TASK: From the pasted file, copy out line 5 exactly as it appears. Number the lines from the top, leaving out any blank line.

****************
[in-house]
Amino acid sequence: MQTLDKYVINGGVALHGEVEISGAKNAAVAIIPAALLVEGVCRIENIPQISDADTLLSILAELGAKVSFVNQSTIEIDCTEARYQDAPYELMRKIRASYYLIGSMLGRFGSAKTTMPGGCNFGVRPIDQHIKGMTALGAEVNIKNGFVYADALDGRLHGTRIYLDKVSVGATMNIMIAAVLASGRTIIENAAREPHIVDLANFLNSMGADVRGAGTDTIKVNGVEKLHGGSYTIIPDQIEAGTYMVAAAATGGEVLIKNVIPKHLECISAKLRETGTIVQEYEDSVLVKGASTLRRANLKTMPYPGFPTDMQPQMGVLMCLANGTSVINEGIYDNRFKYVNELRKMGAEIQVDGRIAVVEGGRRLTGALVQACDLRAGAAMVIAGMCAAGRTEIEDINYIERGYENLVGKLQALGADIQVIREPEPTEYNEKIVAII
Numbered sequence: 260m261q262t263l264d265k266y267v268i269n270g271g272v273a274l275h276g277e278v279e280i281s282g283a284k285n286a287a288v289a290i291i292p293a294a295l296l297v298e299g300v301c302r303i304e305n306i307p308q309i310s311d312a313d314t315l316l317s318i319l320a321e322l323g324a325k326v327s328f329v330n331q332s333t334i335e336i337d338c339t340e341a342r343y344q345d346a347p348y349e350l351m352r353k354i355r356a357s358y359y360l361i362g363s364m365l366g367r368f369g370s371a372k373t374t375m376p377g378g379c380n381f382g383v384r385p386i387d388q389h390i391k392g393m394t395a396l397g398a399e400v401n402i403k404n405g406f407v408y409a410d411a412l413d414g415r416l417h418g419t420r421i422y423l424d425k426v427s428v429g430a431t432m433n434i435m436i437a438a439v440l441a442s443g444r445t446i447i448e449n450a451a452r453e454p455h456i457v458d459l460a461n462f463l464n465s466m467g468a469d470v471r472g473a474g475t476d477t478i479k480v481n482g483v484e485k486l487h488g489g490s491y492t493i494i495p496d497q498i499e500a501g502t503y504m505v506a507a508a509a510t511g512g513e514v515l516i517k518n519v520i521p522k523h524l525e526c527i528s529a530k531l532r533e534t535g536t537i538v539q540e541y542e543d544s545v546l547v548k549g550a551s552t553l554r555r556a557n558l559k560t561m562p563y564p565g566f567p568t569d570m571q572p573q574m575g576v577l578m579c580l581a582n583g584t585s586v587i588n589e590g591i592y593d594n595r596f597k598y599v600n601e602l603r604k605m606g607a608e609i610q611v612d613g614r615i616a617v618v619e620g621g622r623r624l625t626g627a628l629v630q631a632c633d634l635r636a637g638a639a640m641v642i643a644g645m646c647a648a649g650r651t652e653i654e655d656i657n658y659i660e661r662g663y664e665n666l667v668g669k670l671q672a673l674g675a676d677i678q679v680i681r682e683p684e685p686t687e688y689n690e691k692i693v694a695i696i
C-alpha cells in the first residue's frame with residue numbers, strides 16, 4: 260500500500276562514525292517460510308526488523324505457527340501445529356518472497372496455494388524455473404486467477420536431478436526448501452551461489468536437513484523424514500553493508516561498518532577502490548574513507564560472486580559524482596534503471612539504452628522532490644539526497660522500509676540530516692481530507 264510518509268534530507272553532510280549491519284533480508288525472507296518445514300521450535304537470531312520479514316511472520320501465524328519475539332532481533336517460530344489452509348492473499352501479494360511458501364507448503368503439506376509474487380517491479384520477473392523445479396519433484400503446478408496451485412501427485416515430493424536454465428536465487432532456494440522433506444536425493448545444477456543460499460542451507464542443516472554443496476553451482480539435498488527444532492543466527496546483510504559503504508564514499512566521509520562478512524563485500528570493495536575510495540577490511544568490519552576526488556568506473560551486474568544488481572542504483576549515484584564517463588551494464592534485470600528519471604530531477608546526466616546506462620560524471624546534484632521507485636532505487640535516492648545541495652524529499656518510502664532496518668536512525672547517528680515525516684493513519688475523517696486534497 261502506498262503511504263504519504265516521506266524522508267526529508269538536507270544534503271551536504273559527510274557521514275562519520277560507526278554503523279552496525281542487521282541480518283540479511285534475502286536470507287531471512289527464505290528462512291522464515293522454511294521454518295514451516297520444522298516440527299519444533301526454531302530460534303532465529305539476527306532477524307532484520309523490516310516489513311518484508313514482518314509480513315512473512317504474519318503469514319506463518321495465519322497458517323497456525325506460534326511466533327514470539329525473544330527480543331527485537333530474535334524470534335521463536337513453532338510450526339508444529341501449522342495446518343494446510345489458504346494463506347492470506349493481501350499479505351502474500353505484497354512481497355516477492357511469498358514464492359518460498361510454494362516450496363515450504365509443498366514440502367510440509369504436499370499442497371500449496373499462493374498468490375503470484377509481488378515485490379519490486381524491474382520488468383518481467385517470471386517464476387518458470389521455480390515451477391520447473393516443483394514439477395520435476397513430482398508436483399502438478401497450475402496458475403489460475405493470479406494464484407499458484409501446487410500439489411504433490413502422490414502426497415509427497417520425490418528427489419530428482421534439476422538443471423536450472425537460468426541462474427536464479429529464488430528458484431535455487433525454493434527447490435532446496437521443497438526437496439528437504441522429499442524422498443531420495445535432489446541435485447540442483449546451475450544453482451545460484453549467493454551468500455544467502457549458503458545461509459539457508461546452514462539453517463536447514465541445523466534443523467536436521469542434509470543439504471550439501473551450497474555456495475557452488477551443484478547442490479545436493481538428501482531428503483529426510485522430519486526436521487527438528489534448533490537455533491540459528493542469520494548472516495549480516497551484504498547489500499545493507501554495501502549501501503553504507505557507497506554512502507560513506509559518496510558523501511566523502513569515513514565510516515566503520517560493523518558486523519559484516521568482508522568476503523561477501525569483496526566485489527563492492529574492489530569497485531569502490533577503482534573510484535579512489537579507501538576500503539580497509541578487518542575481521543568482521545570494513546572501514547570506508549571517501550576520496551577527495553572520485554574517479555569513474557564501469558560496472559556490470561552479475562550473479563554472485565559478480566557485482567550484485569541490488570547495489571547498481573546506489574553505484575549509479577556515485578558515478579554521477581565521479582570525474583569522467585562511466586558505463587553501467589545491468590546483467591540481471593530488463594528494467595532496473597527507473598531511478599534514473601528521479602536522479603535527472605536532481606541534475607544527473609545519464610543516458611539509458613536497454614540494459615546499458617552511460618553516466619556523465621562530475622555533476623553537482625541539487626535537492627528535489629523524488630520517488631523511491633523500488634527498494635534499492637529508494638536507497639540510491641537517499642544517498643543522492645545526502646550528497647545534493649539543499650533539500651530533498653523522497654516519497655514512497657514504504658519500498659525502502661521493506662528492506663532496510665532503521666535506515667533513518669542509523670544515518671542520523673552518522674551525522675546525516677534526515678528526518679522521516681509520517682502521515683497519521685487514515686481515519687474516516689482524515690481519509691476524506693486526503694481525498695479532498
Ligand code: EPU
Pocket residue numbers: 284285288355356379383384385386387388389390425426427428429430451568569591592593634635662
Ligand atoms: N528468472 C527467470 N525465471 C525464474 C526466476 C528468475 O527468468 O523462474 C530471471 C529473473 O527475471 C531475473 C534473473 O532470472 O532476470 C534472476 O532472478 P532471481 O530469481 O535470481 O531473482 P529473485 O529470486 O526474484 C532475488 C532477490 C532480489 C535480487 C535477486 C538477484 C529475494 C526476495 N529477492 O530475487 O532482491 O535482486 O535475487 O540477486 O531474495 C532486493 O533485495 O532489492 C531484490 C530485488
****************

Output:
Ligand code: EPU